Date of this Version
Magruder, Mitchell, "Sturgeon Chub Distributional Patterns and Habitat Use and Benthic Fish Assemblage Structure in Missouri River Tributaries of South Dakota" (2022). Dissertations & Theses in Natural Resources,University of Nebraska-Lincoln.
Native species of the Missouri River drainage inhabiting benthic habitats dominate state and federal lists of species at risk. Sicklefin Chub Macrhybopsis meeki and Sturgeon Chub Macrhybopsis gelida are two native Missouri River benthic minnows that are currently under review for federal listing under the Endangered Species Act (ESA) due to extensive population declines and local extirpations within their native range. Substantial alterations to the Missouri River threaten Macrhybopsis spp. and other benthic fishes; however, large, less impacted tributaries in South Dakota may act as refugia for native species. The extent of Sicklefin Chub and Sturgeon Chub populations is largely unknown in the state and recent assessments documenting Missouri River benthic fish assemblages are lacking. The goal of this project was to update the distribution and abundance of benthic fishes of the Missouri River and its major tributaries with an emphasis on Sicklefin Chub and Sturgeon Chub in South Dakota. Our objectives were to: 1) evaluate abiotic and biotic influences on distributional patterns of Sicklefin Chub and Sturgeon Chub and characterize their habitat use, and 2) describe and compare patterns of benthic fish assemblage structure within rivers and for the region. Information presented herein pertains to the tributaries, due to zero catch of Macrhybopsis spp. in the mainstem Missouri River. Sturgeon Chub were captured in the Cheyenne, White, and Little White rivers but were absent from the Little Missouri and Grand rivers. Relative abundances of both age-0 and age-1+ Sturgeon Chub were highest in the White River. Distributions of Sturgeon Chubs were limited to lower areas of all rivers where stream width, turbidity, discharge, and observed habitat complexity were highest and Flathead Chub Platygobio gracilis and Hybognathus spp. (Plains Minnow H. placitus and Western Silvery Minnow H. argyritis) were more abundant. Sturgeon Chub primarily used main or secondary flowing channels and were predominantly found in or near the thalweg. Velocity, depth, and percent gravel predicted Sturgeon Chub presence on smaller scales. Predominantly native fish assemblages were observed in all rivers. Total species richness was lowest in the White River, where extreme environmental conditions likely limit species diversity and nonnative species establishment. Longitudinal patterns of assemblage structure were observed in the White, Cheyenne, and Little White rivers due to natural and anthropogenic changes in habitat conditions. Species additions occurred as rivers gradually increased in size and habitat complexity, but native species were replaced in response to abrupt habitat changes, such as those created by impoundments. High abundances of native, benthic fishes in Missouri River tributaries of South Dakota that are experiencing overall population declines highlights the importance of large, relatively unaltered tributaries to the conservation of freshwater biodiversity in North America.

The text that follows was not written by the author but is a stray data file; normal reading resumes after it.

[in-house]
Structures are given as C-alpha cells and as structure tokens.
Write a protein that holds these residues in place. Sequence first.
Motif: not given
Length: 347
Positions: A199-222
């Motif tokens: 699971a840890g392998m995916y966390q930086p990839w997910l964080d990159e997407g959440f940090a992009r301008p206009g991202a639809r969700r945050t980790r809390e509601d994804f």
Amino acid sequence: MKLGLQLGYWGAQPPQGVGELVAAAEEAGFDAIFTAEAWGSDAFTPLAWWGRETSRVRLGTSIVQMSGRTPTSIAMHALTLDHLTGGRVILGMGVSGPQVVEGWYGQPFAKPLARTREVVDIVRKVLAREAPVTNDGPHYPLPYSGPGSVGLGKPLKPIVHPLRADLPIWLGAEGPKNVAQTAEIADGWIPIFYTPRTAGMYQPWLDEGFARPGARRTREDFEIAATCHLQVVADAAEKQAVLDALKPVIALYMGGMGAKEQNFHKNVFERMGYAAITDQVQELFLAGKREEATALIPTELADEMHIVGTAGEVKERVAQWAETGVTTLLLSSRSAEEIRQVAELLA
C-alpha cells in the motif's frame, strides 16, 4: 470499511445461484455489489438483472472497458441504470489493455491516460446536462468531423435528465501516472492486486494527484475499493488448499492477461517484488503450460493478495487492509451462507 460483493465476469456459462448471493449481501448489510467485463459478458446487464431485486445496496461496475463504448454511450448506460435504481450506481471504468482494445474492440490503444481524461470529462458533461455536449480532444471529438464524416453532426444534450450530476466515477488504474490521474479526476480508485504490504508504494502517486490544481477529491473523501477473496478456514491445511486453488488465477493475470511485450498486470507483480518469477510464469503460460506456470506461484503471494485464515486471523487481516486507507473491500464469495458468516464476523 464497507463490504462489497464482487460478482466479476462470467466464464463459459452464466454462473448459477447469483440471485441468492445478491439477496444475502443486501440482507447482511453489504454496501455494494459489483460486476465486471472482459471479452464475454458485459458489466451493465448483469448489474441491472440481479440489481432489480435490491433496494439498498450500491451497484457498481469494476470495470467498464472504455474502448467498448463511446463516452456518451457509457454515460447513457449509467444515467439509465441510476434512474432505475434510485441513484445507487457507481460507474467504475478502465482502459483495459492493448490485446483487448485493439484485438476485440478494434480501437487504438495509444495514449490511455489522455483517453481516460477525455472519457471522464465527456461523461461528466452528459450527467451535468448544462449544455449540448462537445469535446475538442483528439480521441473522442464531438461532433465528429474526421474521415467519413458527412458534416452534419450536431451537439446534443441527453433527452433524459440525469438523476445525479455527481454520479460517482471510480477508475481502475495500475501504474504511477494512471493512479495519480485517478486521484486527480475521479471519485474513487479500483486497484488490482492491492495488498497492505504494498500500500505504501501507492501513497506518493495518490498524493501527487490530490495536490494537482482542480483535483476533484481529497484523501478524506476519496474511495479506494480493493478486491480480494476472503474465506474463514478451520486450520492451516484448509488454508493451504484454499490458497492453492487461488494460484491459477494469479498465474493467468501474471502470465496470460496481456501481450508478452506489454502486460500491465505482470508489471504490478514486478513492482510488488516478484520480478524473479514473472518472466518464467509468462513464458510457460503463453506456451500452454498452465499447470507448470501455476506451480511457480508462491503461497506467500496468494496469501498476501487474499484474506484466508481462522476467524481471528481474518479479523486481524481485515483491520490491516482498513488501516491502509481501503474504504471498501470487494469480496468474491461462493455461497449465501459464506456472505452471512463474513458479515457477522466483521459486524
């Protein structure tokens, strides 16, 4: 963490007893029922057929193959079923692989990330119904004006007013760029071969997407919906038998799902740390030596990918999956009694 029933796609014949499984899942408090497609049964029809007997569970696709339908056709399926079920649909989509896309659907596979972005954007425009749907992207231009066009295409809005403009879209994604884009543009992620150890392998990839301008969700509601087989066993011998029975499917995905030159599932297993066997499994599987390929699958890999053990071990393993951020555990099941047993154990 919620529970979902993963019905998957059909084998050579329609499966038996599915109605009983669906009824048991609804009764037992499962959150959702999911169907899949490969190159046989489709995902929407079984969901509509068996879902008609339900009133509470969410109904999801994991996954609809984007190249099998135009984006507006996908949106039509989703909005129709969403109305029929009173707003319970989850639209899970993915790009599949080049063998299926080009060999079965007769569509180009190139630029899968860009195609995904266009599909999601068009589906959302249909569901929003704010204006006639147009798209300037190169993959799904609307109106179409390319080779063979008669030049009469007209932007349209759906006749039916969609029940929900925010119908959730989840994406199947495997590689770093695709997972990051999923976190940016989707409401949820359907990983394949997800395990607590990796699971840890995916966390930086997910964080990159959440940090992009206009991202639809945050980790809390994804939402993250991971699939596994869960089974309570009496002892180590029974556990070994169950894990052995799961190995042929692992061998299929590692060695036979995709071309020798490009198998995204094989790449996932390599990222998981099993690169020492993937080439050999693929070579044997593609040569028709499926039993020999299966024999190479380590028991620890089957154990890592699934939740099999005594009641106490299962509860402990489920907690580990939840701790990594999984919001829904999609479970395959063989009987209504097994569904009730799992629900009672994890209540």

Advisor: Mark A. Pegg